Baumbach Triumphs Again With "Mistress America"
Genre busting is nothing new for the “While We’re Young” writer-director. He and real-life girlfriend Gerwig have whipped up a few rightful indie smashes, reliably mining 21st century social mores for new ways of telling old stories. But neither has made anything quite like “Mistress America” before, both a sisterly tweak on “Step Brothers” and an eminently quotable look at the vast differences between millennials born just ten years apart.
Lola Kirke (“Gone Girl”) leads as Tracy, an unsociable New York City college freshman. Obviously aware of the irony of being lonely in a city of 10 million, she’s only able to make friends (a couple) by accident. Friend one is Tony, an unassuming, bespectacled classmate and fellow writer who seems like a solid romantic prospect – until he turns up with an overbearing girlfriend.
Circumstantial friend number two comes from her mom’s impending marriage. The prospect of a stepsister-to-be unlocks something in Tracy she didn’t know was there, leading to a lovably awkward first hang out, followed by many more.
Brooke (Gerwig) is the anti-Tracy, a tangle of confidence and insecurity, determination and despair, emotions cranked to eleven. As a fledgling restaurateur, she sees the future she wants even if she has no idea how to achieve it and wallows in romantic regrets that no one around her could ever understand.
Tracy’s fondness for Brooke is caught somewhere between awe and envy. When she starts writing about her new sister, it’s clearly the strongest reaction Tracy has had to anyone or anything in a long time, putting her on a path towards academic success and personal failure that’s predictable but wholly satisfying.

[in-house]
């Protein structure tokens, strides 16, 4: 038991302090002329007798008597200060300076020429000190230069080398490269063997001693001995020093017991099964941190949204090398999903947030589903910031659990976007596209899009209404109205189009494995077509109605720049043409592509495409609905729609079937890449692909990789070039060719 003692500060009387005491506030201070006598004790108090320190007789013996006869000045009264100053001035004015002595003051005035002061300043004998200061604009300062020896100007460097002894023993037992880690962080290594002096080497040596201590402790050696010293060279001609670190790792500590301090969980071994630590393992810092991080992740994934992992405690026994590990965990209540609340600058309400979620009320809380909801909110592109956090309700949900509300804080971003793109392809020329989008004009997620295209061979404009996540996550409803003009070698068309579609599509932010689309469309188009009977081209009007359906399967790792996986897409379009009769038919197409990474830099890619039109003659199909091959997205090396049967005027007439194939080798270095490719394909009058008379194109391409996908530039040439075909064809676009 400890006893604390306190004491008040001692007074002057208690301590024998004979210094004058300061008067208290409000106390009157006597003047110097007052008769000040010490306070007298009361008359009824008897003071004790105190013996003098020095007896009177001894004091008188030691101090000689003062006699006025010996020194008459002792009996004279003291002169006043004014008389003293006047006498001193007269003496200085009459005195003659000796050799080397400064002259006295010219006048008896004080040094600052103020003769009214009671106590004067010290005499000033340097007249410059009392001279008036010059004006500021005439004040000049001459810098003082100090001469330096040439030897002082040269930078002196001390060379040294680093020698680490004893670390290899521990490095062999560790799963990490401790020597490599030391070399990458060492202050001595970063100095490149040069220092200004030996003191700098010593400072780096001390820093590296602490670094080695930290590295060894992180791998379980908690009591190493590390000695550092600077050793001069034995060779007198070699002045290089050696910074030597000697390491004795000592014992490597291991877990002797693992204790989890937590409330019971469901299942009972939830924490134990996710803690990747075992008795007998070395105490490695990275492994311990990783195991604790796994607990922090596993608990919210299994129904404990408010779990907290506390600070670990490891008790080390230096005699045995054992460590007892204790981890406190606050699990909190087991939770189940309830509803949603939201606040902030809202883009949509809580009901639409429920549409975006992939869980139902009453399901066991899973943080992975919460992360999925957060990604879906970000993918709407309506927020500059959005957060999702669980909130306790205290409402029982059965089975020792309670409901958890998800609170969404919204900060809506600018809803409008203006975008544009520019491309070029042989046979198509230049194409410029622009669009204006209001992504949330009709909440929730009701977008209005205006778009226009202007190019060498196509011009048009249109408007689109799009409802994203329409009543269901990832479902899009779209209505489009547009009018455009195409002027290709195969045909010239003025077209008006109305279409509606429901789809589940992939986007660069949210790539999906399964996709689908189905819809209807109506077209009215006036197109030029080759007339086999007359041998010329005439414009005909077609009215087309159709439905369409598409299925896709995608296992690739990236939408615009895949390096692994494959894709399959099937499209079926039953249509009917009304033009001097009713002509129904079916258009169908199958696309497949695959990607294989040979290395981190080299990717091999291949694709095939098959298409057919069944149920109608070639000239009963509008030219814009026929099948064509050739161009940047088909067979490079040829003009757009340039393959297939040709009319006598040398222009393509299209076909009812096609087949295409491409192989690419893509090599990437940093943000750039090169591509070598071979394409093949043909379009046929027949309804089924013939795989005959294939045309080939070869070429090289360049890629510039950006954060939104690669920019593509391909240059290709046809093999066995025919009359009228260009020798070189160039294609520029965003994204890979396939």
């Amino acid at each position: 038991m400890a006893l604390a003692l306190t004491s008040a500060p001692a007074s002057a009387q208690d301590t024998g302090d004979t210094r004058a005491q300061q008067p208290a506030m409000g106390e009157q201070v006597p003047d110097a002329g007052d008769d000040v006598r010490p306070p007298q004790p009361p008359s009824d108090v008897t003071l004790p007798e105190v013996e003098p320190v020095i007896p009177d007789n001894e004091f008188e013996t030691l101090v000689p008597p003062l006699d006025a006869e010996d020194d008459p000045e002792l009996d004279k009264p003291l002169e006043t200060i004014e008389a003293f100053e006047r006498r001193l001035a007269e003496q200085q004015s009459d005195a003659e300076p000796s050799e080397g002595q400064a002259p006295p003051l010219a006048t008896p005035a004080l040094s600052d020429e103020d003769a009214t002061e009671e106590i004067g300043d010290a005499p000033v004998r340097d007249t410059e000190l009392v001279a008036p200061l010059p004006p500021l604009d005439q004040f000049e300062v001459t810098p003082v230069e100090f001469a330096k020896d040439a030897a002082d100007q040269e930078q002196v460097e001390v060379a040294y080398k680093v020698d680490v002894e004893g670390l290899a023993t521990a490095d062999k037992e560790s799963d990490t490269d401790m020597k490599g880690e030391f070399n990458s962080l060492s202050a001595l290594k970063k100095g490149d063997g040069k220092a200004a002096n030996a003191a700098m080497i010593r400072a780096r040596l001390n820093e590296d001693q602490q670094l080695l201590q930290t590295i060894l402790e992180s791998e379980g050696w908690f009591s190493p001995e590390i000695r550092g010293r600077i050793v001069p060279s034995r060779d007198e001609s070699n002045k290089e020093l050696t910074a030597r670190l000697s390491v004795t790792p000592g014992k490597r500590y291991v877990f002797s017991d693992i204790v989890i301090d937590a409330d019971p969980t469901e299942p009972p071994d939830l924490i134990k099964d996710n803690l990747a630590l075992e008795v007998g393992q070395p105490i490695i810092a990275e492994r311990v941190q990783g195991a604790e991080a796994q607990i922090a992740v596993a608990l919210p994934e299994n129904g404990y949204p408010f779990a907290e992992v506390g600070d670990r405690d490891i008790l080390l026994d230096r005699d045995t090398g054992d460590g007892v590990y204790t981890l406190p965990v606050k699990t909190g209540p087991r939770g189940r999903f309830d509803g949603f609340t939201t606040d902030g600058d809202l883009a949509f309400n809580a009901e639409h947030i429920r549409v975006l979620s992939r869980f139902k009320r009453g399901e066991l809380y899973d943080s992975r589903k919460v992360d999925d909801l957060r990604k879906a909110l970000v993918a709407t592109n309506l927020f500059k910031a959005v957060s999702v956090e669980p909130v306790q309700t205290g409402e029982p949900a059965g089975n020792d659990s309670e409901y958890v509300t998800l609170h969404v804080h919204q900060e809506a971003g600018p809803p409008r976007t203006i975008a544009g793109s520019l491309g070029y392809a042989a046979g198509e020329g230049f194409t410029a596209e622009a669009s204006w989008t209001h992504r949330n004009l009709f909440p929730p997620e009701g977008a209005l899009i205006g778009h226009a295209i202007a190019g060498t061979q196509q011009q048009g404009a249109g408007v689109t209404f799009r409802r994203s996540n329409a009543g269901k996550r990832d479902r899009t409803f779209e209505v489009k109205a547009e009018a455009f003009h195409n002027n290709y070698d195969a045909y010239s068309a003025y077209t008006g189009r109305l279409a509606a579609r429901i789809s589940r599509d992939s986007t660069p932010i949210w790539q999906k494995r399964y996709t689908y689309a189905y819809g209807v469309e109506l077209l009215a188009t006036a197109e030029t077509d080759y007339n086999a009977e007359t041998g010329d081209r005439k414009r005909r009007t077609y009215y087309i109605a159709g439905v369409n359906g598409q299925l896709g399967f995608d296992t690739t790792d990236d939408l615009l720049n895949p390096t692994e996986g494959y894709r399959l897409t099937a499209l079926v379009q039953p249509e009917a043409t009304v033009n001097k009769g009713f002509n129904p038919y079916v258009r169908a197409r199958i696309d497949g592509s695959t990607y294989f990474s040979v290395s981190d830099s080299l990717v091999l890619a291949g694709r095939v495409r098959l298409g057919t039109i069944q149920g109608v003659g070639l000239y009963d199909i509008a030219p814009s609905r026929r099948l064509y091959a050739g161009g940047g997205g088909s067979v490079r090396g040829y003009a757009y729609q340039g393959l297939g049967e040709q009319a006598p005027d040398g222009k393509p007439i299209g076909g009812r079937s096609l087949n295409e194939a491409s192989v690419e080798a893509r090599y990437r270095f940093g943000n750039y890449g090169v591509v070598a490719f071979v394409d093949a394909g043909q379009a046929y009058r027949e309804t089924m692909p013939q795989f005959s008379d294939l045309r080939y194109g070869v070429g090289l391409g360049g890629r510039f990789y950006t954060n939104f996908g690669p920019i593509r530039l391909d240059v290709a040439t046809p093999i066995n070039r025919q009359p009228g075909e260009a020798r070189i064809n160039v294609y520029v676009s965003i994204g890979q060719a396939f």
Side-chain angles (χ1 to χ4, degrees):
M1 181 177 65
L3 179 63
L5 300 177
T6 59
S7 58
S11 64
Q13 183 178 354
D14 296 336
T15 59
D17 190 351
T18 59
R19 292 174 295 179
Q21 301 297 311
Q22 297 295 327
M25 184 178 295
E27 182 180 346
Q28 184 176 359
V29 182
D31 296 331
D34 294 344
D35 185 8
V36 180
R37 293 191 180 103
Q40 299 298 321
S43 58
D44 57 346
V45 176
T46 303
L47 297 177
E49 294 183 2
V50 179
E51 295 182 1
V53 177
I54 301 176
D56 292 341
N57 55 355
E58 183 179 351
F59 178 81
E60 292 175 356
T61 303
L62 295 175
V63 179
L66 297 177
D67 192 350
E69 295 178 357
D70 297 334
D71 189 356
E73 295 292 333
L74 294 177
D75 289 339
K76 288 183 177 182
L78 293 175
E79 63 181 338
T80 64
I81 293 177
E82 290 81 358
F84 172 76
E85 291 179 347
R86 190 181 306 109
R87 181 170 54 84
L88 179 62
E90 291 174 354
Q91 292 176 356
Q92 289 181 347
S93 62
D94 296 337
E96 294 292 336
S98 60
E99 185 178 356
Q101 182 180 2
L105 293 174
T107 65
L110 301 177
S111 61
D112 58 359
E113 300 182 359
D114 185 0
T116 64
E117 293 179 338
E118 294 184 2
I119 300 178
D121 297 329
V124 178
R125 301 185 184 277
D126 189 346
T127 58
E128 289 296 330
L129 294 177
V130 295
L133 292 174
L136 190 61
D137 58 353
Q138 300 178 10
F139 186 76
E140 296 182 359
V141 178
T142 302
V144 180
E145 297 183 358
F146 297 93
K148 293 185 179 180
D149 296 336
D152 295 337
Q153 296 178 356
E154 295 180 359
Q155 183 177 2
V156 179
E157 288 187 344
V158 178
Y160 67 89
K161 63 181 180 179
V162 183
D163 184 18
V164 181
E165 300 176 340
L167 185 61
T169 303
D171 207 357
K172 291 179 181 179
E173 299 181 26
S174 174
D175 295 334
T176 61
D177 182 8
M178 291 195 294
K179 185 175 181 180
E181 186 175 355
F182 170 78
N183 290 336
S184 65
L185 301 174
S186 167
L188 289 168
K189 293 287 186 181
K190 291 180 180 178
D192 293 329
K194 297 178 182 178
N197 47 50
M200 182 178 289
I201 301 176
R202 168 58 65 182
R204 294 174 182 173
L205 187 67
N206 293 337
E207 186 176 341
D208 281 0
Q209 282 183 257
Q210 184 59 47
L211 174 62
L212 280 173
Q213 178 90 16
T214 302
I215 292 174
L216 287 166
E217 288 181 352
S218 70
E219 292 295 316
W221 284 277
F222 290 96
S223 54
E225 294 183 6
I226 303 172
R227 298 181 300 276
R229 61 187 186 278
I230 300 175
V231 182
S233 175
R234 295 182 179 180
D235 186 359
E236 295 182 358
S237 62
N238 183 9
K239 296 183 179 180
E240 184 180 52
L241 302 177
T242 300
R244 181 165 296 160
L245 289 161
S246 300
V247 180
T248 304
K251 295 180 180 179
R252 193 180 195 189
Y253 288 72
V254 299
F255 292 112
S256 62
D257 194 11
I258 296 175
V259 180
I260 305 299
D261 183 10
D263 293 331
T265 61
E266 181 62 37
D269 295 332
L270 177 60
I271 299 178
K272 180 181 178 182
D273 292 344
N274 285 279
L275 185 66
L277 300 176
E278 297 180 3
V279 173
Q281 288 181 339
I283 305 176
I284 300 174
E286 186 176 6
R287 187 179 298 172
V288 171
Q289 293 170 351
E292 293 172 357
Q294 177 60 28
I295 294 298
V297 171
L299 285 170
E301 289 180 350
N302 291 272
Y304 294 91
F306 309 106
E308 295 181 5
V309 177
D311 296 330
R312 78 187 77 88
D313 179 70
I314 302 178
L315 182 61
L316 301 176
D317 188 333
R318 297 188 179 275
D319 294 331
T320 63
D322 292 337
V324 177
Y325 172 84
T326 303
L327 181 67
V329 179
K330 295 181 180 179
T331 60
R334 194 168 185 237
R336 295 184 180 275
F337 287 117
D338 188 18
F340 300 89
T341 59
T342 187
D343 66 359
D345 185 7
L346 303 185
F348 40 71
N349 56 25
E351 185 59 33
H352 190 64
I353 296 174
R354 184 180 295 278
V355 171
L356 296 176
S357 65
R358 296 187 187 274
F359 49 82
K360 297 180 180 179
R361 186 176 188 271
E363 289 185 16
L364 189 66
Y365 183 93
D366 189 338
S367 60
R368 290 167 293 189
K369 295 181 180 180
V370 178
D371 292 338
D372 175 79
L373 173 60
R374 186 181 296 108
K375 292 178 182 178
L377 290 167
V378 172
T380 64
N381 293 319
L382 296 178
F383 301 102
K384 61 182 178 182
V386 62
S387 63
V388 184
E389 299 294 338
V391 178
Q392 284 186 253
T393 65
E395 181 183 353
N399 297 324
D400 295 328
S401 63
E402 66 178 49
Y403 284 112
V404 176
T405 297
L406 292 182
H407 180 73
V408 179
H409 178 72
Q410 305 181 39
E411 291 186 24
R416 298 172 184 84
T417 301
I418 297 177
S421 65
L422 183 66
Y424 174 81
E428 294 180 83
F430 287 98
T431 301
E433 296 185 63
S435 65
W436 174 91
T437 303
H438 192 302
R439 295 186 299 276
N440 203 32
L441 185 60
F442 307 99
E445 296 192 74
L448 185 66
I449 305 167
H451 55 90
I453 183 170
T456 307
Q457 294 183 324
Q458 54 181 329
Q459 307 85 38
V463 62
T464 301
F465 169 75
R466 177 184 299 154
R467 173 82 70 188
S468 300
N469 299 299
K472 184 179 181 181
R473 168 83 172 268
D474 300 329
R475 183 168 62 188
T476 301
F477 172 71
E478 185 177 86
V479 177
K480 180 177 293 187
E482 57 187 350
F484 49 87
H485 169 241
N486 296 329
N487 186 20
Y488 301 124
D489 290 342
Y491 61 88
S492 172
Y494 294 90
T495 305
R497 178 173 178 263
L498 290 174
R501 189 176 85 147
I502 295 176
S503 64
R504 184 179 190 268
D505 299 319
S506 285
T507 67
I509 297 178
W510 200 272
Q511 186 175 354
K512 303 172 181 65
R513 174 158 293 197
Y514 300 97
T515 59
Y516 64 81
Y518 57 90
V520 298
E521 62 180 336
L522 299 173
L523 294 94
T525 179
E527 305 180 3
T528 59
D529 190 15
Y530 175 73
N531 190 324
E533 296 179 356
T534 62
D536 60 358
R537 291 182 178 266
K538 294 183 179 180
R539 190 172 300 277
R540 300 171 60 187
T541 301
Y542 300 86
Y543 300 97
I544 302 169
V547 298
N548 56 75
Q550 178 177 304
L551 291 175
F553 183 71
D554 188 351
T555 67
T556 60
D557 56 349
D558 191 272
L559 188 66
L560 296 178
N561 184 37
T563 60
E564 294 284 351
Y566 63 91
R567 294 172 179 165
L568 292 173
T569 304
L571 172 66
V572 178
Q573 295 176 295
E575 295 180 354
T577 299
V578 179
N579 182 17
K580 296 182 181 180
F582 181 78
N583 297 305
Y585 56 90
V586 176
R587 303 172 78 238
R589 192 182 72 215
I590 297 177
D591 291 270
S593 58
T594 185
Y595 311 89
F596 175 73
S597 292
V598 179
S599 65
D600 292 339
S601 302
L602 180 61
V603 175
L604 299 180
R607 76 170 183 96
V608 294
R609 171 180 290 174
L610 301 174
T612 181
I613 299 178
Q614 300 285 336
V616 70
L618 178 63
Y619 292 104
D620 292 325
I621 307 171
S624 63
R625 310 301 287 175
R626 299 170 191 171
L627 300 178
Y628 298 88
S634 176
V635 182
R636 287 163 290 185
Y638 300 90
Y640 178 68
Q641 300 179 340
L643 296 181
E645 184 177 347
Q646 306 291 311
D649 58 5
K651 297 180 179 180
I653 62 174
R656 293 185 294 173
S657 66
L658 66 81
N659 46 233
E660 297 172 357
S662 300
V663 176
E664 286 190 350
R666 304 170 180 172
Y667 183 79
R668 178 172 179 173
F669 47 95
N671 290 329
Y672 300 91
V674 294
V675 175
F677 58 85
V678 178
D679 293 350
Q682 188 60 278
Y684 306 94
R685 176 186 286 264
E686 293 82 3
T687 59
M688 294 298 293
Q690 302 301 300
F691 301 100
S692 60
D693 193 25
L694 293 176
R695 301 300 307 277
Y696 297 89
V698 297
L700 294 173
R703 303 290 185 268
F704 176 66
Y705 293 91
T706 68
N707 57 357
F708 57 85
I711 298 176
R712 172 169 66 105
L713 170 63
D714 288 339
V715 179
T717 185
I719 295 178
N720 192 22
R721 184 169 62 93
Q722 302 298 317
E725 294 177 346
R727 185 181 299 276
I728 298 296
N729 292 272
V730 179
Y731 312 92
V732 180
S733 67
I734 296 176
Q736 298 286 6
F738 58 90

This all dovetails into the aforementioned second act, one that sees our two leads turn up as uninvited guests at the house of Brooke’s ex, Dylan (Michael Chernus). Dylan’s wife, Mamie-Claire (Heather Lind) is less than enthused by their appearance, even less so at Brooke’s ploy for restaurant financing.
More than anything, Tracy and Brooke are great characters played by actresses who are so in tune with their parts and each other that the movie can’t help but sing along with them.
Although not as accessible as “While We’re Young,” “Mistress America” is still a fantastic movie made even more special in its proximity to its predecessor. Following “While We’re Young” by just 6 months, Baumbach has pulled off the rare feat of releasing two wonderful movies in a single calendar year – two dissimilar but deeply rewarding works.
Rating: ★★★★ 1/2 out of ★★★★★ (Excellent)
Release Date: August 14, 2015 (Limited)
Studio: Fox Searchlight Pictures
Director: Noah Baumbach
Screenwriter: Noah Baumbach, Greta Gerwig
Starring: Lola Kirke, Greta Gerwig, Matthew Shear, Heather Lind, Michael Chernus
MPAA Rating: R (for language including some sexual references)